Dig unearths picture of ancient Norfolk

SUE SKINNER It has already provided a series of fascinating snapshots of early life in a Norfolk village. And now an annual dig at Sedgeford, near Hunstanton, is providing more pieces of the jigsaw, as archaeologists slowly build up a complete picture of the life of the community.

SUE SKINNER

It has already provided a series of fascinating snapshots of early life in a Norfolk village.

And now an annual dig at Sedgeford, near Hunstanton, is providing more pieces of the jigsaw, as archaeologists slowly build up a complete picture of the life of the community.

The main focus of the 11th season of summer excavations by the award-winning Sedgeford Historical and Archaeological Research Project (SHARP) is the site of an Iron Age farm, which is thought to have been taken over by the Romans following their invasion.

The dig, which started earlier this month, has already uncovered plenty of Roman pottery and part of what is believed to be a fine drinking vessel, indicating that there was a domestic settlement in the area as well.

SHARP, based in a field known locally as Boneyard, began in 1996 and has grown to be the country's largest project for volunteer archaeologists from around the world.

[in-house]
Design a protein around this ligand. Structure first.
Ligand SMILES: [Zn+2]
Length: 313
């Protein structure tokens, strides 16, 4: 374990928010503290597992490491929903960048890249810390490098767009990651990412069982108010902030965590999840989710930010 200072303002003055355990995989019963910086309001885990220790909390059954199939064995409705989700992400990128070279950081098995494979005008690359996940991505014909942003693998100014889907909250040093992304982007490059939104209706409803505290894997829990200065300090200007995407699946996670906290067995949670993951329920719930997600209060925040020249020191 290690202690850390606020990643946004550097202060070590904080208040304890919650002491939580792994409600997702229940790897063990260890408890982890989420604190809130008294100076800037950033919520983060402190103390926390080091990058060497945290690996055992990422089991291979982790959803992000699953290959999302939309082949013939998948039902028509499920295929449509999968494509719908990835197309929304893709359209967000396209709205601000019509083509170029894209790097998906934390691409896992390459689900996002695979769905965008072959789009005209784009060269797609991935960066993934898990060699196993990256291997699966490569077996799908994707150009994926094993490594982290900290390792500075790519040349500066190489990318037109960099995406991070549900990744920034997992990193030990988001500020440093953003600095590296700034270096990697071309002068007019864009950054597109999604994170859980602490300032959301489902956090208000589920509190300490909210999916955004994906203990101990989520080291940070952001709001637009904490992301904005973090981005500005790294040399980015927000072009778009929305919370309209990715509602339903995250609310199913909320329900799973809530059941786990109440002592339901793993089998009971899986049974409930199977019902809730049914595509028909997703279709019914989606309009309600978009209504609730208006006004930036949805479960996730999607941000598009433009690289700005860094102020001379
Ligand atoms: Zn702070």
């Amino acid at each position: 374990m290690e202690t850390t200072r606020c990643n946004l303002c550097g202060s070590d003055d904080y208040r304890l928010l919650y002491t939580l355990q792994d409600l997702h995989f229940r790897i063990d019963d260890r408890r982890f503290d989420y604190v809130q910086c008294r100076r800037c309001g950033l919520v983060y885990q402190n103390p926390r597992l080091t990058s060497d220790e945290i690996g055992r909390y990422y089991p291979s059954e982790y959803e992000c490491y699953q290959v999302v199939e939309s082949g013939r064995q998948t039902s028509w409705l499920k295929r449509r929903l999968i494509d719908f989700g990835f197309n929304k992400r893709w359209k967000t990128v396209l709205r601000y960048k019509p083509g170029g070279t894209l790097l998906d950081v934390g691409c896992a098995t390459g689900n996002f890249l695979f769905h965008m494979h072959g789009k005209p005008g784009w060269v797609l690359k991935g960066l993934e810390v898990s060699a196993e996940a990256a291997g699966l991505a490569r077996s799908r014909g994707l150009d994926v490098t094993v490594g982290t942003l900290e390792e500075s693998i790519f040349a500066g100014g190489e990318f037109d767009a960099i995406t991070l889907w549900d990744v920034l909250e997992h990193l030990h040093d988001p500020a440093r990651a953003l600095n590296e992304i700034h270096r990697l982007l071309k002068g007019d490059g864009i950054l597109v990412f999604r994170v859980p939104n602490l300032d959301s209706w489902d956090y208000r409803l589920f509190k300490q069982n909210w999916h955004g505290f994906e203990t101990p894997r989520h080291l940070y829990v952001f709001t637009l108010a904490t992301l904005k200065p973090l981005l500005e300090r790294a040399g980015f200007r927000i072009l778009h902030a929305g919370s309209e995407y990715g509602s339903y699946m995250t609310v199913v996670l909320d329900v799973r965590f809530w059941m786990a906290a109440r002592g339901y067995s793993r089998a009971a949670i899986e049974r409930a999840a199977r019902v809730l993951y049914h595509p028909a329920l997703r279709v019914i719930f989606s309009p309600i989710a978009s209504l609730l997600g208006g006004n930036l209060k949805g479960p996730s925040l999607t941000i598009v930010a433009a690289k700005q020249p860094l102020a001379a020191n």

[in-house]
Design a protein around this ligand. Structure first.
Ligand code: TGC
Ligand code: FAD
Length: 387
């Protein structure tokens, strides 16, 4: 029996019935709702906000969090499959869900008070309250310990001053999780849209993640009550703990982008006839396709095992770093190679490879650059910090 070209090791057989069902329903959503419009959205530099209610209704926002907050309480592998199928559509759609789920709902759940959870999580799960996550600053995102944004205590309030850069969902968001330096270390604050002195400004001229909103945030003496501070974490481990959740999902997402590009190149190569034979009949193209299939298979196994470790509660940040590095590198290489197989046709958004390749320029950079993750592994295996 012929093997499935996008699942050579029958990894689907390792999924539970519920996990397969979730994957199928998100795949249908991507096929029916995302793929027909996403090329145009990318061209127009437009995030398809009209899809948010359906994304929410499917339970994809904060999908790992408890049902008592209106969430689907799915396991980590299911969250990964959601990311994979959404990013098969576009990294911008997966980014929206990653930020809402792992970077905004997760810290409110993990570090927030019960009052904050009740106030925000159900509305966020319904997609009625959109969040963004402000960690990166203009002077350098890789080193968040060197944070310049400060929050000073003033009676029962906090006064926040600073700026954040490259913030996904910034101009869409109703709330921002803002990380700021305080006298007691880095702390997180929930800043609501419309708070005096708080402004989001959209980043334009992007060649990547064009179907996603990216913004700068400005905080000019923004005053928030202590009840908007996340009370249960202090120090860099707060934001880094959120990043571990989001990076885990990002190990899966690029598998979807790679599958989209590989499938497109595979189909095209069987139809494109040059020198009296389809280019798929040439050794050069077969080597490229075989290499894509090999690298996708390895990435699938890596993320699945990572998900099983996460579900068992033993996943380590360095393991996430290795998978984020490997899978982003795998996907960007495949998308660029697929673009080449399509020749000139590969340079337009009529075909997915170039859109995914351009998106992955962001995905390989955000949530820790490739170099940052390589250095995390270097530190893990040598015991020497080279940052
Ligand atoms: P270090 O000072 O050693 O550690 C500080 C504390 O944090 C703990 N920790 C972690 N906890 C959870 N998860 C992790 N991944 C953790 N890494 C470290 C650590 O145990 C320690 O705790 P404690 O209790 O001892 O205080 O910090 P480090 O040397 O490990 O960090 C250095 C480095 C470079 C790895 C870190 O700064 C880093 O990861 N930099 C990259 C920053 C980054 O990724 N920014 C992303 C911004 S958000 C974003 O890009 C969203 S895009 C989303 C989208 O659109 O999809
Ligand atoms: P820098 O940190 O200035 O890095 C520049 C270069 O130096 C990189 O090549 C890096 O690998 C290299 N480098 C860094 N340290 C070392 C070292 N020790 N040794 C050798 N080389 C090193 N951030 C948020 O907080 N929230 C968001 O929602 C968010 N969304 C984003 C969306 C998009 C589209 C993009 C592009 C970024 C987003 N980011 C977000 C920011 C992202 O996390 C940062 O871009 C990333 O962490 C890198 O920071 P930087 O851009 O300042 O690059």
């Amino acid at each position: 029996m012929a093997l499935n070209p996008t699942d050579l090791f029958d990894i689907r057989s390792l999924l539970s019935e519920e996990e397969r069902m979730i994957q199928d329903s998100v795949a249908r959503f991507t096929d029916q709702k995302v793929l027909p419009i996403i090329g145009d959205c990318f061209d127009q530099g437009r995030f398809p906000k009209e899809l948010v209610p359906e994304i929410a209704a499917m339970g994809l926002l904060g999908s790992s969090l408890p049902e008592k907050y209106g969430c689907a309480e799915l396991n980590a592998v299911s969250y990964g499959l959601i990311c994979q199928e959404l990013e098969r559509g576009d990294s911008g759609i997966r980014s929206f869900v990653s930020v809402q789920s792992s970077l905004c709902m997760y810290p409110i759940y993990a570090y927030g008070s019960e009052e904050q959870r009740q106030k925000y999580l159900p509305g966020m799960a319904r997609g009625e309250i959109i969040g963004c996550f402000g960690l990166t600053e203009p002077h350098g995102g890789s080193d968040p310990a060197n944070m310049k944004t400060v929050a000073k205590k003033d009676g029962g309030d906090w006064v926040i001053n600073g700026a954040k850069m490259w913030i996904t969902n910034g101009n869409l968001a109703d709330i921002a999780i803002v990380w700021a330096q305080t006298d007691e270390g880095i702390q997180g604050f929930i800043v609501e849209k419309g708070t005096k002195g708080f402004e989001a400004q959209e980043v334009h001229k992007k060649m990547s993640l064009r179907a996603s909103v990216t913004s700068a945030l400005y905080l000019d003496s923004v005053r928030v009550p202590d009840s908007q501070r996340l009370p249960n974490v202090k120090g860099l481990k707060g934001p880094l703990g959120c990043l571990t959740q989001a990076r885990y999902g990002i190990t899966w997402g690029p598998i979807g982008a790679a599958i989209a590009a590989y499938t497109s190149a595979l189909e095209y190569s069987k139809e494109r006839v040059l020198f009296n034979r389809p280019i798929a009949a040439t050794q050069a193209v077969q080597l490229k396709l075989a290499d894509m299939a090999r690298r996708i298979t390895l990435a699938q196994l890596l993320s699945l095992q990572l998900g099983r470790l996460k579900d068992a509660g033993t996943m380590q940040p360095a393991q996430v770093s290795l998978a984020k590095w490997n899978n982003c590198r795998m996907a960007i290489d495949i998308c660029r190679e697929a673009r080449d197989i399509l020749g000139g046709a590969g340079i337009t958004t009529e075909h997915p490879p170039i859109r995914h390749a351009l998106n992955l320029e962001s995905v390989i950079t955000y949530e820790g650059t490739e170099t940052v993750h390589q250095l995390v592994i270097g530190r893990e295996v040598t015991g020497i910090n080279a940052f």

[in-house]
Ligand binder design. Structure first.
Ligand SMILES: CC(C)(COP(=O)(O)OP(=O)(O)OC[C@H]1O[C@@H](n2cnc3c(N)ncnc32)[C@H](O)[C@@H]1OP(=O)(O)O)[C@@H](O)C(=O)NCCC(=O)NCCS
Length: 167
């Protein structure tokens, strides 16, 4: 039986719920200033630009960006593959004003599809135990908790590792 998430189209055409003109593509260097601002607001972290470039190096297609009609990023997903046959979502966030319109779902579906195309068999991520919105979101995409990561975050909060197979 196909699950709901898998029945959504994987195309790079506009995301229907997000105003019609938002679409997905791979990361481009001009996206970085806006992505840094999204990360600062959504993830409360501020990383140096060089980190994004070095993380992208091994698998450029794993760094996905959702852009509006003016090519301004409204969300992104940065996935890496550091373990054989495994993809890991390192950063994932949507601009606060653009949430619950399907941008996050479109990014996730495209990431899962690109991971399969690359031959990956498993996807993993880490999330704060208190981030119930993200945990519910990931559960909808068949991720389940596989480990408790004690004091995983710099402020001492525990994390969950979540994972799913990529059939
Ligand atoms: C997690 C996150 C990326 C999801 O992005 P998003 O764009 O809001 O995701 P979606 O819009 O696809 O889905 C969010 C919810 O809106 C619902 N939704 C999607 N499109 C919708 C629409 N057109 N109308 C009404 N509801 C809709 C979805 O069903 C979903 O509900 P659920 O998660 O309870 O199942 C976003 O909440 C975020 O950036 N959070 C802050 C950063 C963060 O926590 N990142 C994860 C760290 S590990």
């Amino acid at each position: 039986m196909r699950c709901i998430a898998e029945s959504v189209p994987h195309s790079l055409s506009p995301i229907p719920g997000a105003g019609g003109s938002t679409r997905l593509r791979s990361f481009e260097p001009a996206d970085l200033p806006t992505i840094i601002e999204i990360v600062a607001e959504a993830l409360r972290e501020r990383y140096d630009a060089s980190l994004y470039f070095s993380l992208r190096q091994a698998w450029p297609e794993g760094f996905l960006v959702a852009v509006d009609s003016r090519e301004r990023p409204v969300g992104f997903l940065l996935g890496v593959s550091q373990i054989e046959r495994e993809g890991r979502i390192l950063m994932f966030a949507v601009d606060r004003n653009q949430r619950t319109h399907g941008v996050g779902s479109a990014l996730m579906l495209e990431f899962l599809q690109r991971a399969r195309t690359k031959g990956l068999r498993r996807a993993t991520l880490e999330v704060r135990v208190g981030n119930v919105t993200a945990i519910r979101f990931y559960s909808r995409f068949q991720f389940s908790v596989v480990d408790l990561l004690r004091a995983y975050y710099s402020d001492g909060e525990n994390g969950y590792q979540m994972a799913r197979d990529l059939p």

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Discoveries to date include more than 270 skeletons unearthed from a Saxon cemetery, a hoard of Iron Age coins concealed in a cow's leg bone and the long lost end of a torc.

"People associate us with the skeletons, but we are probably going to come to the end of those before long," said publicity officer Chris Mackie.

"It was the Saxon cemetery which started us off, but of course we have expanded all over the village and done all sorts of things - the church and finding one of the early manor houses.

"A lot of them we can't take visitors to because it's on sensitive, private land, but Boneyard is the one everyone can come and look at."

The project has also involved field-walking and geophysical surveys, as well as excavations in local gardens.

"It's trying to get a complete picture of when man has come to Sedgeford, right through to modern times," said Mr Mackie.

"All the time we hope to fill in all the blanks so we can get a continuous look at the development of Sedgeford."

The season runs until August 18 and the main site is open to visitors from 11am to 4pm every day except Saturdays. The annual open day takes place on Sunday (10am-4pm), when a range of attractions will include a display of artefacts found by the project, re-enactments and the chance for children to make pottery.